LONDON (Reuters) - The advertising watchdog on Wednesday upheld complaints that images used to promote an action film glamorized guns amid growing public concern about youth violence.
The Advertising Standards Authority (ASA) said it backed 55 people who complained about posters for the thriller “Shoot ‘Em Up.”
One of the ads showed actor Paul Giamatti pointing a gun while holding a mobile phone with text saying “Just another family man making a living.”
Another depicted actor Clive Owen jumping in the air holding a pistol in each hand which he was pointing toward the viewer.
A London-based community safety group complained, saying the ads glorified gun crime.
The ads attracted complaints from people who said they were offensive and insensitive to those who had been affected by gun crime, citing the family of Rhys Jones, an 11-year-old boy who was shot dead on a street in Liverpool.
His death, which followed a wave of teenage murders involving guns, horrified the country and prompted Prime Minister Gordon Brown to promise action to tackle the issue.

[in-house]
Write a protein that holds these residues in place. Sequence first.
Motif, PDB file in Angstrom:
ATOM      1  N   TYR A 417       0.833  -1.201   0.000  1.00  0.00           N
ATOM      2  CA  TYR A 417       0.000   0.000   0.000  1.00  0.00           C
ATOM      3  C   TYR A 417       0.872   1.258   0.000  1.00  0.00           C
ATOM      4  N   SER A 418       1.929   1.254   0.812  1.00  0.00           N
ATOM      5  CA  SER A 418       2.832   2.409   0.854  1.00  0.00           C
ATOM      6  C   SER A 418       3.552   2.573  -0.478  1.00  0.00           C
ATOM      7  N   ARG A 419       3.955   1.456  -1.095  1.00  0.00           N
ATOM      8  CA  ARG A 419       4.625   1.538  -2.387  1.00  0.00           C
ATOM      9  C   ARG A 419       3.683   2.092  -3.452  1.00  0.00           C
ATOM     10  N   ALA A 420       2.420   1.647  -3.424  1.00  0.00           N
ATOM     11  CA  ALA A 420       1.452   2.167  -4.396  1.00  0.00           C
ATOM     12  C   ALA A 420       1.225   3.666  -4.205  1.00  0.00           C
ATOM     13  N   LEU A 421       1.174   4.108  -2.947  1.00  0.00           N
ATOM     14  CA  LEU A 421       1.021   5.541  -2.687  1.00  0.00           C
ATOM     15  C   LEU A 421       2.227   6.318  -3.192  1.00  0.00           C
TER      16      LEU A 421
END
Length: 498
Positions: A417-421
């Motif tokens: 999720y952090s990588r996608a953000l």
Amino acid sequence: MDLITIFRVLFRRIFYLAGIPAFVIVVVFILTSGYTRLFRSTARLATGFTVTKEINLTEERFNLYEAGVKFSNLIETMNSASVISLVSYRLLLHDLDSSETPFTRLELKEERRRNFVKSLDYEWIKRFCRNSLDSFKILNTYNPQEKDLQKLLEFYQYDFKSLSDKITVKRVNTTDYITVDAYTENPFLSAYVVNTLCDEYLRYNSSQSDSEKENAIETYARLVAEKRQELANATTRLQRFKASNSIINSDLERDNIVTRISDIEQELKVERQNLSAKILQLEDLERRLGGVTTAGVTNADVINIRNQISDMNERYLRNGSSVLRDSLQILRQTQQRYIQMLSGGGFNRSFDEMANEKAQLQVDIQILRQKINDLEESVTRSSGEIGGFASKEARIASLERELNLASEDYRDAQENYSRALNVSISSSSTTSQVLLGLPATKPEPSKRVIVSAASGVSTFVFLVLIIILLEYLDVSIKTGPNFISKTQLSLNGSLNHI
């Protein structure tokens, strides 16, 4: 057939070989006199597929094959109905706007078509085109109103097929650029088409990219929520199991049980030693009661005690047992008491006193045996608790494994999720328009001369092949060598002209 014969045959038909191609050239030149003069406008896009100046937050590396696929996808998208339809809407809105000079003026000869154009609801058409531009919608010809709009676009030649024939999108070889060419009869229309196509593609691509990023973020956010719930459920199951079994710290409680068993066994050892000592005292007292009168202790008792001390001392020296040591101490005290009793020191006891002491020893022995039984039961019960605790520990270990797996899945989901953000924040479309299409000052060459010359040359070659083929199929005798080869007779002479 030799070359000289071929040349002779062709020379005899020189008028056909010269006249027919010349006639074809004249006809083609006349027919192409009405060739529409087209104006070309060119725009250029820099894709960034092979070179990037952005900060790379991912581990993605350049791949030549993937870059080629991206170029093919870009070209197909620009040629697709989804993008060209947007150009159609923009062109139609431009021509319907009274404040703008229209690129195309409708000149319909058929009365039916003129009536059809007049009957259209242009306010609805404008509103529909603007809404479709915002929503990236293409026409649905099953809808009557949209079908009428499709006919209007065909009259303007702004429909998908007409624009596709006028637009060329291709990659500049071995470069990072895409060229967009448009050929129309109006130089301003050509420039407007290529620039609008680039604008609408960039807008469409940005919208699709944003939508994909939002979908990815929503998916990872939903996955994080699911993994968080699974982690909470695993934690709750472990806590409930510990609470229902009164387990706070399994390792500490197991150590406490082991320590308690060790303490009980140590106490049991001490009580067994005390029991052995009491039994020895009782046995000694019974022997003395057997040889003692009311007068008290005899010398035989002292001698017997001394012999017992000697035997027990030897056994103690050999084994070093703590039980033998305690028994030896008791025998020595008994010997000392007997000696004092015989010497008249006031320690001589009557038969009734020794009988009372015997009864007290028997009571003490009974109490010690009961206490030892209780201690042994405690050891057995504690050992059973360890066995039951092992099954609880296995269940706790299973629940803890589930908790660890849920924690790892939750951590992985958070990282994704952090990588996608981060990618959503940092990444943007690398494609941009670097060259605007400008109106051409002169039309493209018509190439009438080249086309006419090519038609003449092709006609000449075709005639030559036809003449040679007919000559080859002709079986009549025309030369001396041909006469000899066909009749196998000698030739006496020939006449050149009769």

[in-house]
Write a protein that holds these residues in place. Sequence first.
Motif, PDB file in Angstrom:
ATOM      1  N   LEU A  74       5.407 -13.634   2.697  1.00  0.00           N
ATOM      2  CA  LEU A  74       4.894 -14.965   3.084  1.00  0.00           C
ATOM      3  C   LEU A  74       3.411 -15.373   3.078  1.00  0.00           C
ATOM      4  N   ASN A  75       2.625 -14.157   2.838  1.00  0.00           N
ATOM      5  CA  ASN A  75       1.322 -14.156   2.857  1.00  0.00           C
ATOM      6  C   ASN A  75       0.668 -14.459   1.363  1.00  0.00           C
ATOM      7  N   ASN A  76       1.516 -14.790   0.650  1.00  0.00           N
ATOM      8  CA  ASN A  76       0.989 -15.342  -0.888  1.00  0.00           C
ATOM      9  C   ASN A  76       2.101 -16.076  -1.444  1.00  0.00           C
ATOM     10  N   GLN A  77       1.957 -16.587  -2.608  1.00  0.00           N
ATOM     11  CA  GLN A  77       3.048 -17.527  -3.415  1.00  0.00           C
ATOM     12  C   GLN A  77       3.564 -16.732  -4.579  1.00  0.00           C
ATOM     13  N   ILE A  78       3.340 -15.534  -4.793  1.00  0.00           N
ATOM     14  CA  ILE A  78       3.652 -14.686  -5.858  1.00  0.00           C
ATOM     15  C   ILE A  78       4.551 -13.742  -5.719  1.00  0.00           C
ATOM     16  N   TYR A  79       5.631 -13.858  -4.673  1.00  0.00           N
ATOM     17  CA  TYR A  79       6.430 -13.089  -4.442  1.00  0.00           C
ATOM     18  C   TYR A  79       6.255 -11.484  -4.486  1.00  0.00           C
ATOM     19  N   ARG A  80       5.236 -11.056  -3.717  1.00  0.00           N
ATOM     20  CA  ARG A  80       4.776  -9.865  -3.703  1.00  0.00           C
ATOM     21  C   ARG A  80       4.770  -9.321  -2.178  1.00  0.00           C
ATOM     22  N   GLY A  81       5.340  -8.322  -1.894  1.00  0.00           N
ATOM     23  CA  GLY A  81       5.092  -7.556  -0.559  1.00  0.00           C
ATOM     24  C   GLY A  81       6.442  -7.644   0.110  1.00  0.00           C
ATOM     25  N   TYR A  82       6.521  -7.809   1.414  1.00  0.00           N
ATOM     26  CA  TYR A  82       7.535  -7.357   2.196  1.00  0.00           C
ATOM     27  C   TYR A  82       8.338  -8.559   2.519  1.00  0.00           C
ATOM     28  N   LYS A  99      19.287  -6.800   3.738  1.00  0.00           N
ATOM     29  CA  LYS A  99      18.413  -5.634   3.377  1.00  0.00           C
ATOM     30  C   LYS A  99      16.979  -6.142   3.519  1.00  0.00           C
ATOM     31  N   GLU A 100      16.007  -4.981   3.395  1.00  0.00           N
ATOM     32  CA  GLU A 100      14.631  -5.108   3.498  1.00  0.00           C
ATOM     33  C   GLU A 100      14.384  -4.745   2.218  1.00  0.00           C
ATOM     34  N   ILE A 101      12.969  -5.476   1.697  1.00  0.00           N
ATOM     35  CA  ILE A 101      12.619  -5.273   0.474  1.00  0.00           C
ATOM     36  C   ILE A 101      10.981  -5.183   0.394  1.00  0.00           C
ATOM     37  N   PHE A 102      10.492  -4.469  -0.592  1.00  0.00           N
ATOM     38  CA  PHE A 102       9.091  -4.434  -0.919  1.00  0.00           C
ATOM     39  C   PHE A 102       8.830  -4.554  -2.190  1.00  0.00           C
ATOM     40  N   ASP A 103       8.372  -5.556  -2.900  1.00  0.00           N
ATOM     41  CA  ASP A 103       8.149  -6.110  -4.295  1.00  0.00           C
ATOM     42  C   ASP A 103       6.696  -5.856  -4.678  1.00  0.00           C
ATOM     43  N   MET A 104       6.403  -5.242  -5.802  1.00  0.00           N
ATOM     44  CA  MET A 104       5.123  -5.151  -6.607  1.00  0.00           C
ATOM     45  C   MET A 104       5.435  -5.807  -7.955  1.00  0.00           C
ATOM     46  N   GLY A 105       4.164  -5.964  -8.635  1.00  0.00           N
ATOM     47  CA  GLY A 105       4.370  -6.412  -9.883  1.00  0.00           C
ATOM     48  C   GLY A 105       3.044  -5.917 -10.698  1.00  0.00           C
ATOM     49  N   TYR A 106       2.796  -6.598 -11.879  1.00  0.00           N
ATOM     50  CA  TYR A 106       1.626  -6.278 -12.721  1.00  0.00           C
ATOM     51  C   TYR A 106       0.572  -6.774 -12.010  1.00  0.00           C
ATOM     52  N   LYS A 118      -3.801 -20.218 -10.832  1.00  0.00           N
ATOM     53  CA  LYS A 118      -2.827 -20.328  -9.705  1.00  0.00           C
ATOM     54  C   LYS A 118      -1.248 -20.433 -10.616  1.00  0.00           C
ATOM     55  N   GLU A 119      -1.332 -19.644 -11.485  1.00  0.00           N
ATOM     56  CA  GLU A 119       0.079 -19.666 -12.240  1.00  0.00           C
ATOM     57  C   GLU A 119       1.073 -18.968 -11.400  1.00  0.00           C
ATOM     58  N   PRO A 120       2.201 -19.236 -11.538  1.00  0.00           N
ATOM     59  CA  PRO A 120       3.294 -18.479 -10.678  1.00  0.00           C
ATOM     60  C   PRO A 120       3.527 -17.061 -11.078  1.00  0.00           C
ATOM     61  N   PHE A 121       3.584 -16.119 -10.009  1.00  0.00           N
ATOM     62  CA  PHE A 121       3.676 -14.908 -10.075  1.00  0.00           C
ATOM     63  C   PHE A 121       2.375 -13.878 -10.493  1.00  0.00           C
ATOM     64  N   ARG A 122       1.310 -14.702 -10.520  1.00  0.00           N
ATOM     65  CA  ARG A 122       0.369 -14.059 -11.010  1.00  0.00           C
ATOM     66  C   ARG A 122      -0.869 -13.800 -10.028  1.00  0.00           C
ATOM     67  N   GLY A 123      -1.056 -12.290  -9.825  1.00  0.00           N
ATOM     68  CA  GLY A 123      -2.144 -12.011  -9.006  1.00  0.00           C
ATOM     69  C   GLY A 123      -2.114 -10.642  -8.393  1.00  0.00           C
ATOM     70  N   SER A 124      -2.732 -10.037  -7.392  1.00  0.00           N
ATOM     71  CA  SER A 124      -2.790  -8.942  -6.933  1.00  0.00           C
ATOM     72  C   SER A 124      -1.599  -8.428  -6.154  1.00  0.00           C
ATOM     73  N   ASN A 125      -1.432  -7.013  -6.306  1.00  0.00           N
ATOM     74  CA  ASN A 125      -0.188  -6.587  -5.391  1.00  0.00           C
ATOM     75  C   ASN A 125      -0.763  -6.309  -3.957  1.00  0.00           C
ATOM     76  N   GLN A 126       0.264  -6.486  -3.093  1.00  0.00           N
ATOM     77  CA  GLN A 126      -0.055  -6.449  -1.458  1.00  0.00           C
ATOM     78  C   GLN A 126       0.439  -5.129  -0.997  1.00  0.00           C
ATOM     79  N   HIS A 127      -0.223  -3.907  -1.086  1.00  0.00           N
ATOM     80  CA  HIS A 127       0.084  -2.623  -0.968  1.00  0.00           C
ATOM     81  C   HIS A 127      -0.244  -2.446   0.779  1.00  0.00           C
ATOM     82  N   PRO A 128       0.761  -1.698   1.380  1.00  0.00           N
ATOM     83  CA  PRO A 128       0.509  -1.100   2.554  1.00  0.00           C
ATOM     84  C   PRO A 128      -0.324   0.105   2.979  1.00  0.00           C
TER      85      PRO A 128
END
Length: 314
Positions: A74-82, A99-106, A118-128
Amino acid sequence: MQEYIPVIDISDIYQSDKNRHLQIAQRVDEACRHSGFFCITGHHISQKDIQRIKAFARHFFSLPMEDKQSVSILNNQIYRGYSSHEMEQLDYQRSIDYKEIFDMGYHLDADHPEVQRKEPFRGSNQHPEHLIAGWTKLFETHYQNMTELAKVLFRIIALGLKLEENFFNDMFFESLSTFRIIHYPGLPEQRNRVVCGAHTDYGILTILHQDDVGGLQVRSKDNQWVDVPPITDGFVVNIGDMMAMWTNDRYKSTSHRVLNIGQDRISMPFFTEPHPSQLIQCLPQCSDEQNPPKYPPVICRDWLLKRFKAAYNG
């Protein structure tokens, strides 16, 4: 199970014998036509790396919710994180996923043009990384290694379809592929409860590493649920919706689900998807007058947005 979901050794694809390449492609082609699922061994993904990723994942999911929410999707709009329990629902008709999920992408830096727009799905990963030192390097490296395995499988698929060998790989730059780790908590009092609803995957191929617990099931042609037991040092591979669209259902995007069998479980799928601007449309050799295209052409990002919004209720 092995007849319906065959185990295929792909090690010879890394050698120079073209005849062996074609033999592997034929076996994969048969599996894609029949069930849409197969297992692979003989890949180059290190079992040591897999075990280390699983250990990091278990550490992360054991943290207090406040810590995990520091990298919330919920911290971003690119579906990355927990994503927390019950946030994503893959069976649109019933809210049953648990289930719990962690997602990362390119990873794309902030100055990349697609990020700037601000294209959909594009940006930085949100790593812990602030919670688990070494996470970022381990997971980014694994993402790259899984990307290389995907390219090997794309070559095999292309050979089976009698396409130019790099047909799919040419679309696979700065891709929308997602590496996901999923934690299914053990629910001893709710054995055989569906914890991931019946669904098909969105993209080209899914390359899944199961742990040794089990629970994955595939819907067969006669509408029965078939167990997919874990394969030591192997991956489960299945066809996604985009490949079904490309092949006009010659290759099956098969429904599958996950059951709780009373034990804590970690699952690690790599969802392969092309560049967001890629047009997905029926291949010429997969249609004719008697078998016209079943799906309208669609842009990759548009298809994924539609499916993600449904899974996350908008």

Entertainment Film Distributors, which made the posters, said it did not believe they glamorized gun violence. It said they had been specifically designed so the guns Owen was holding were angled away from the viewer.
But the ASA, in explaining its ruling that the ads should not be used again, said it was mindful of growing public concern. Whilst it did not uphold complaints relating to Jones’s death, it did back the views of the community group.
“We concluded that (the) ads could be seen to condone violence by glorifying or glamorizing the use of guns.”
Earlier this week the ASA reported that there had been a sharp rise this year in complaints from the public about advertisements that depict or allude to violence.
So far this year it has received 1,748 complaints about 523 ads, compared with just 1,054 complaints received in the whole of 2006 about 254 ads.
“The ASA takes the increase in complaints very seriously and is keen to hear the public’s views,” said Lord Smith, Chairman of the ASA. “Our key priority is how we ensure children are protected from harmful images.”
The ASA is holding a seminar on Wednesday to discuss the issue through debates focusing on the depiction of guns and knives, horror films, video games and general violence.
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